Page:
For the first time in the organization’s history, the Poker Players Alliance has sent out a desperation call for donations to aid in their work.

After taking the helm of the PPA last week from the departing John Pappas (who will depart the organization at the end of February), new PPA president Rich Muny issued an e-mail to their members and e-mail followers. Citing the decrease in donations from online poker sites and other internet gaming advocates, Muny admits to the constituency that the PPA is not doing well. “Over the past several months, we have been adjusting to a significant reduction in donations from the internet gaming industry, this despite our successes in Pennsylvania just a few months ago,” Muny writes in the e-mail. “We now find ourselves possibly shutting down right before what could be the biggest year for iPoker and iGaming yet.

How bad could the situation be for what is supposedly a million-member strong organization, which seemingly had support from many of the major players in the live and online world? “(The) PPA cannot continue fighting for poker if we do not meet our fundraising goal of $25,000 by the end of March,” Muny continues. “With support from poker players and enthusiasts like you, we can easily make this goal.”

“Every dollar donated will go toward core operational expenses of our grassroots communications and advocacy, as our communications tools are crucial to PPA’s mission,” Muny concludes. “Please be sure to help ensure PPA’s continued leadership for our game!”

It must be stated that the PPA has never required a fee for membership in the organization. When it was initially founded back in the early Aughts, it depended on donations from members and others who believed in the goals of the group – to defend the rights of poker players and the ability to play the game either live or online. The group was able to raise a good deal of its base funding through the grassroots of the game – the players – and advocate in several arenas.

After the passage of the Unlawful Internet Gaming Enforcement Act in 2006, however, poker players lost faith in the PPA. Despite pleas from the PPA leadership that they had staved off passage of the UIGEA longer than if they hadn’t been around (and, to be honest, the UIGEA was a tack-on to a must-pass piece of legislation in the dark of night in 2006), the very people that the PPA was looking to represent began to lose faith in the organization itself.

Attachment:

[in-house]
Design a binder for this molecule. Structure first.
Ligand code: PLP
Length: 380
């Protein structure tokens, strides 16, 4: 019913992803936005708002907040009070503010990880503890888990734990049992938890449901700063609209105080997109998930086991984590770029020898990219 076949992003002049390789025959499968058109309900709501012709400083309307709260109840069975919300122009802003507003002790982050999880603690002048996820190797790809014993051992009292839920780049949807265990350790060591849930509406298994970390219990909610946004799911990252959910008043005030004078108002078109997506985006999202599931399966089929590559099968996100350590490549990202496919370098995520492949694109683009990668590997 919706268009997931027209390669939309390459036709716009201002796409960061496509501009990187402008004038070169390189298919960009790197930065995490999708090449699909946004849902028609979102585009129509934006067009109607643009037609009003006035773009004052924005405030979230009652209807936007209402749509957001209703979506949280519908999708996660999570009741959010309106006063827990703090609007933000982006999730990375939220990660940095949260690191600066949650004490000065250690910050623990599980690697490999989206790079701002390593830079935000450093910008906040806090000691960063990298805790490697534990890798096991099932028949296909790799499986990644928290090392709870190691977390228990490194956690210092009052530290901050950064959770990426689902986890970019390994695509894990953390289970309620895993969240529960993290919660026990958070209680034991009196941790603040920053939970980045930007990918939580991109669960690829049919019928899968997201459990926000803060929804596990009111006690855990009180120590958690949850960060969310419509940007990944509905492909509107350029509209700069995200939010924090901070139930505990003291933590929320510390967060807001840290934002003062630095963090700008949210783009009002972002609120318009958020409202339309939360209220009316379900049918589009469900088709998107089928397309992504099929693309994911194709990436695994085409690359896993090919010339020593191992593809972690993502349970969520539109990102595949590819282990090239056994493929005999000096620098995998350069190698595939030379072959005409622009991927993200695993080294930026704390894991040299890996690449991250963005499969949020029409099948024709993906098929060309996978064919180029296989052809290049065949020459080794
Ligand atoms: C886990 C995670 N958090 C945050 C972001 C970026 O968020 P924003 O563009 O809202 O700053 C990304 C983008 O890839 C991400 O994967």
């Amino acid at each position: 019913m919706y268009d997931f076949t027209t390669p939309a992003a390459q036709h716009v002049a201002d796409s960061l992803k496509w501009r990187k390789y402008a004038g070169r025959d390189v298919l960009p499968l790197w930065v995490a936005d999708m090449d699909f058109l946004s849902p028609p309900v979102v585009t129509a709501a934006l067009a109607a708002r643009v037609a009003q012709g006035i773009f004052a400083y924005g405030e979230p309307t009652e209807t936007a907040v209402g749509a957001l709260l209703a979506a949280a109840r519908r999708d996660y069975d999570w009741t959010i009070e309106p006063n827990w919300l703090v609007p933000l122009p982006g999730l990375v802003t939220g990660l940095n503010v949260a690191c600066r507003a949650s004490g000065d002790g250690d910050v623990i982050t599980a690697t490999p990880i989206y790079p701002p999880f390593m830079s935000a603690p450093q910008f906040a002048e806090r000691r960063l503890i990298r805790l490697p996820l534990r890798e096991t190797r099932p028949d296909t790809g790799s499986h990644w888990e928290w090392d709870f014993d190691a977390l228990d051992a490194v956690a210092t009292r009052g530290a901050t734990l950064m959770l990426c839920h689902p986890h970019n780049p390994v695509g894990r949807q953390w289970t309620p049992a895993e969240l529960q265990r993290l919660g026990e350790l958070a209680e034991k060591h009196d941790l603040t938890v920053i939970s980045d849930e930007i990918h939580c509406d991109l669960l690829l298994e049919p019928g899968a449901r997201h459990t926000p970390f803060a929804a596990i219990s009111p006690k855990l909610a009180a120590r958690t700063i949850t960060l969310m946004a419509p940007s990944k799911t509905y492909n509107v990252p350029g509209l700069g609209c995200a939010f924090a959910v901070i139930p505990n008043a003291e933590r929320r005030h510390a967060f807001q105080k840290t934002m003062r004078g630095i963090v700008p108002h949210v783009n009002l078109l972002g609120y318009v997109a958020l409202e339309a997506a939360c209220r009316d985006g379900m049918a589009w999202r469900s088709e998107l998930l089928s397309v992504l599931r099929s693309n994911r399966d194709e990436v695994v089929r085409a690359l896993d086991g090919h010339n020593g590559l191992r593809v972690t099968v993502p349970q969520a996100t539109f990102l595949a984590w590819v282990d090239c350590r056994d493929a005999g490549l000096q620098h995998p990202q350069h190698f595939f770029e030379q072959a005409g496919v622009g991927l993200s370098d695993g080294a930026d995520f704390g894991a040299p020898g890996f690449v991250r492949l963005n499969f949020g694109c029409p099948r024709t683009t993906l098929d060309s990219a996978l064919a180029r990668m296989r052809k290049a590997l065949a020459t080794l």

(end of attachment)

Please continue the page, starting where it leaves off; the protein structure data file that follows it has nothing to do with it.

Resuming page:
There was an eager party willing to step in at that time, however. Online poker sites, looking to either keep the lights on the U. S. market or to get passage of pro-online gaming and poker regulations, began to supplement the PPA’s legislative and lobbying activities. As such, the PPA swung most of its efforts into working for online poker, to the point of putting some of the executives from these online poker sites on the Board of Directors of the PPA. This would prove to be another dagger in the heart of the group, though.

When “Black Friday” came in 2011 – the seizure and shutdown of the three biggest online poker operations in the U. S. – players once again complained about the lack of success from the PPA. When it was discovered that members of the ownership of Full Tilt Poker were intricately involved with the PPA’s Board of Directors, those complaints grew louder about how the group was now an “AstroTurf” (instead of grassroots) organization defending the online sites rather than the players. Although those involved with FTP were expelled from the PPA’s leadership, it was a bit too late.

Over the past seven years – with other online sites shutting down left and right and players losing millions of dollars – the PPA was unable to draw attention to those “screw jobs” from those sites. Instead, they concentrated their efforts on a low-cost means of advocacy through Facebook and Twitter called the “Daily Action Plan.” Although those actions would have both a good and detrimental effect on the debate, the money began to dry up from the online sites.

As little as four years ago, the PPA was drawing in roughly $5 million per year in donations and “membership fees” (parenthesis because members of the PPA do not have a set fee to pay yearly, it is by donation). Over the past couple of years, though, the monies coming in have dwindled to roughly $2-plus million and, it has been argued, led to the departure of Pappas.

Whether this fundraising effort will be successful is unknown. The PPA has a contingent that still believes in their work. They also have another contingent that doesn’t believe that the PPA is giving the right “bang for the buck” when it comes to lobbying for poker players’ rights and online and live poker. It remains to be seen what will become of the organization in what is a very pivotal year for online gaming, poker and perhaps other forms of internet gaming.

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